The experience of individuals following total laryngectomy in Western Australia: A narrative inquiry

Author Identifier

Wanjiku Gatonga

Date of Award


Document Type



Edith Cowan University

Degree Name

Doctor of Philosophy (Integrated)


School of Nursing and Midwifery

First Supervisor

Mandy Towell-Barnard

Second Supervisor

Caroline Vafeas


Background: Total laryngectomy is rare, yet a devastating procedure that leaves a person with a lifetime of struggle. Unfortunately, there is limited research that has explored the experiences of these individuals following the procedure. In addition, how these experiences are processed and interpreted by the individual is unclear as most studies on total laryngectomy have focused on the quality of life and the psychological issues in people who have had the procedure. It is therefore essential that the experiences of those living with a total laryngectomy from their perspective and in their own voice are explored and understood.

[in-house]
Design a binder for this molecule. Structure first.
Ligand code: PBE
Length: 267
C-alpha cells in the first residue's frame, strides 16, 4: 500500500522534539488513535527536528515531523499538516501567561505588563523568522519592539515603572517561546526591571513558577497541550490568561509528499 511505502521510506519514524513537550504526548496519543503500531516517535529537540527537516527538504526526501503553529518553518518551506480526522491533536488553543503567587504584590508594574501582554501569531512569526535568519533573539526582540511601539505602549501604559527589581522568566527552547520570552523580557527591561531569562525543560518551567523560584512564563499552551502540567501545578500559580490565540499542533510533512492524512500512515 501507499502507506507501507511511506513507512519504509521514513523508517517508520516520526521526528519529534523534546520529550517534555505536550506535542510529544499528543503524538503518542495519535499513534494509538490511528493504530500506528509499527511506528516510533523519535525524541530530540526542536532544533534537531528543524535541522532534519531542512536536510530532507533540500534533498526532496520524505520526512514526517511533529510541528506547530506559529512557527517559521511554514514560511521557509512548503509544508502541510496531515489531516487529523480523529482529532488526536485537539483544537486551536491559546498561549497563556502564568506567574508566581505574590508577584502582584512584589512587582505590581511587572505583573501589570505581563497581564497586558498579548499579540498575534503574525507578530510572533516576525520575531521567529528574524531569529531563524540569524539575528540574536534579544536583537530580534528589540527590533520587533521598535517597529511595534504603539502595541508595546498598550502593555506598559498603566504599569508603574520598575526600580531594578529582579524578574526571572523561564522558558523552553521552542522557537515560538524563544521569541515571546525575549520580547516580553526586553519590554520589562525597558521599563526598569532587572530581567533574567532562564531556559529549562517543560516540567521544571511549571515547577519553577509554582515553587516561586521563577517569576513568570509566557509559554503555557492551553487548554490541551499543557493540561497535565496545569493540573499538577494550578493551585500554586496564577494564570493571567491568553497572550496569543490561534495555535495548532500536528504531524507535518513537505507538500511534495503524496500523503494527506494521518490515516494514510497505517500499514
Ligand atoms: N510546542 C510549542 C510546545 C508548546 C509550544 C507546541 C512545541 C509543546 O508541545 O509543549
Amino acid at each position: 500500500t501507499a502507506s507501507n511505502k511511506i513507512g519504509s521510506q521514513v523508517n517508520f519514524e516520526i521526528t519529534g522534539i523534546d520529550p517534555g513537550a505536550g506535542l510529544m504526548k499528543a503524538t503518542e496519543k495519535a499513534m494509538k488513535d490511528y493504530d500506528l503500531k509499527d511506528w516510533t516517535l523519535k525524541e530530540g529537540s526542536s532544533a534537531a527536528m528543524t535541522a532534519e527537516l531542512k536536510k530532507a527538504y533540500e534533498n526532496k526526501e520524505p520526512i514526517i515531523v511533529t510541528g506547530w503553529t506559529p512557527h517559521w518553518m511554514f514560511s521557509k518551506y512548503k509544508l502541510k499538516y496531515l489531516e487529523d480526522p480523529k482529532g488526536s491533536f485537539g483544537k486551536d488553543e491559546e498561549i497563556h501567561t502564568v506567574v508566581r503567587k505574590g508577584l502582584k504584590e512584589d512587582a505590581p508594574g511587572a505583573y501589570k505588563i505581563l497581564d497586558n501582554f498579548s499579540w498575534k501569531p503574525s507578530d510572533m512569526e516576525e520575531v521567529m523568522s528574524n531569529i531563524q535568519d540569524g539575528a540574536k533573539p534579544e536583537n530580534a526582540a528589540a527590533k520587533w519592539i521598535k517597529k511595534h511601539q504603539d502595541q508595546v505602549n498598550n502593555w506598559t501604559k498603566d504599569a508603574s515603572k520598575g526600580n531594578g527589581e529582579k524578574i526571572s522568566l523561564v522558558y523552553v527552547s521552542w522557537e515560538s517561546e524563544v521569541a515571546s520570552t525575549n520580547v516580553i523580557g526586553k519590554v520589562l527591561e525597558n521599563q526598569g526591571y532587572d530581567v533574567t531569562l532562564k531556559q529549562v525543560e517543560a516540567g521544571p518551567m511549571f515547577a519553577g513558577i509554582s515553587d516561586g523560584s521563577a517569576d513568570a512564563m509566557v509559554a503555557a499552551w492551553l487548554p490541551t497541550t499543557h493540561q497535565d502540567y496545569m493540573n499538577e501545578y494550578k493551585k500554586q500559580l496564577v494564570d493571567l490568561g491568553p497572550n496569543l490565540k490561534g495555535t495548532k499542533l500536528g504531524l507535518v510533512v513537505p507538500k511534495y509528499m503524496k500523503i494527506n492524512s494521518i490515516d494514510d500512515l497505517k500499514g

Method: This qualitative study utilised a narrative inquiry approach to explore the experience of six people who had undergone a total laryngectomy. Purposive sampling was used to identify participants meeting the study criteria.

Data analysis: Narrative thematic analysis was utilised to analyse the data. Narrative analysis facilitated restoring of each narrative while applying McCormack’s Lenses to write the interpretive stories. Braun and Clarke’s (2006) thematic analysis was utilised to derive themes. Four themes emerged, namely: I need to know more; Visible but invisible; Who really cares?; and Making a future.

Conclusion: Total laryngectomy is not only challenging for the person, but also their family and the healthcare workers. There is a lack of knowledge and awareness of the procedure by healthcare workers, as well as members of the public, with a need to develop strategies to create awareness and understanding of the complicated journey faced by these individuals. Regular and ongoing total laryngectomy training should therefore be developed and offered to healthcare workers. There is also a need to develop easy access to education programs for the person and their family, to increase awareness and promote care outcome.

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